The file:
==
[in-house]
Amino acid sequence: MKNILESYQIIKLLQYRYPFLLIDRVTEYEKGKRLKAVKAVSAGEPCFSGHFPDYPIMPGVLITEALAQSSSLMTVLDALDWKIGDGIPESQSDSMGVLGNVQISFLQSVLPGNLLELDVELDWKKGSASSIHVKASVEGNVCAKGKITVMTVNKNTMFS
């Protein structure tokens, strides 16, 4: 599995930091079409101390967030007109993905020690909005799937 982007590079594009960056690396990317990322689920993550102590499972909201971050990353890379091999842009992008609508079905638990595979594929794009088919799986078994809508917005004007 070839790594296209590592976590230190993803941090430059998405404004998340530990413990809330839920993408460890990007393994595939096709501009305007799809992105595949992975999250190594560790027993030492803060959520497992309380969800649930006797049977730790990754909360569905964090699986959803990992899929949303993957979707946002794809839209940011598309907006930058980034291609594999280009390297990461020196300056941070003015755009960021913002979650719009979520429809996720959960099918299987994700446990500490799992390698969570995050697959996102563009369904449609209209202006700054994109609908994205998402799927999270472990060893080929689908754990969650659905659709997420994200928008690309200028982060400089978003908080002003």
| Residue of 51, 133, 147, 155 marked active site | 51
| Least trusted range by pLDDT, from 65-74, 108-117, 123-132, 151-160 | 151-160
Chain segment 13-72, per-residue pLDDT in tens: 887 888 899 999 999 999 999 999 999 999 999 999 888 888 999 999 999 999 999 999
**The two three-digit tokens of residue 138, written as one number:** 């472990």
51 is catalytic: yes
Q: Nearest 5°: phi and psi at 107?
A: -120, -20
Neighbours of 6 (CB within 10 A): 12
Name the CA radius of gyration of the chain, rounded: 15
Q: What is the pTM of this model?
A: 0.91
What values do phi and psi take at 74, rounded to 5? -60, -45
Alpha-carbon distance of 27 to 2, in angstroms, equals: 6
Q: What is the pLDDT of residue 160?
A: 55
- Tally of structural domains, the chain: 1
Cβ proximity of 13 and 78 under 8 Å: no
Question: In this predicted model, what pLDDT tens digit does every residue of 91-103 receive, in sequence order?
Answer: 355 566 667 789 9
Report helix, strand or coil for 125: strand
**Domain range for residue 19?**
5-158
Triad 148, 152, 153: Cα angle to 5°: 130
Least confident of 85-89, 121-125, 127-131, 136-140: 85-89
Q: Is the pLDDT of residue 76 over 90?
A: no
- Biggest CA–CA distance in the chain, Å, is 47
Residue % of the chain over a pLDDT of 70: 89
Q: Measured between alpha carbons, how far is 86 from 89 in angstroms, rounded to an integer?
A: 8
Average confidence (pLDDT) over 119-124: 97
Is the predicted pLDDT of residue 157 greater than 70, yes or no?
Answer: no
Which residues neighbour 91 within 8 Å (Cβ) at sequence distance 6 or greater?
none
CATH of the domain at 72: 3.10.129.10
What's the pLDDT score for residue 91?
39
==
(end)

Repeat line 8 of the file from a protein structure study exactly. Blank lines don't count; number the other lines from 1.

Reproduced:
51 is catalytic: yes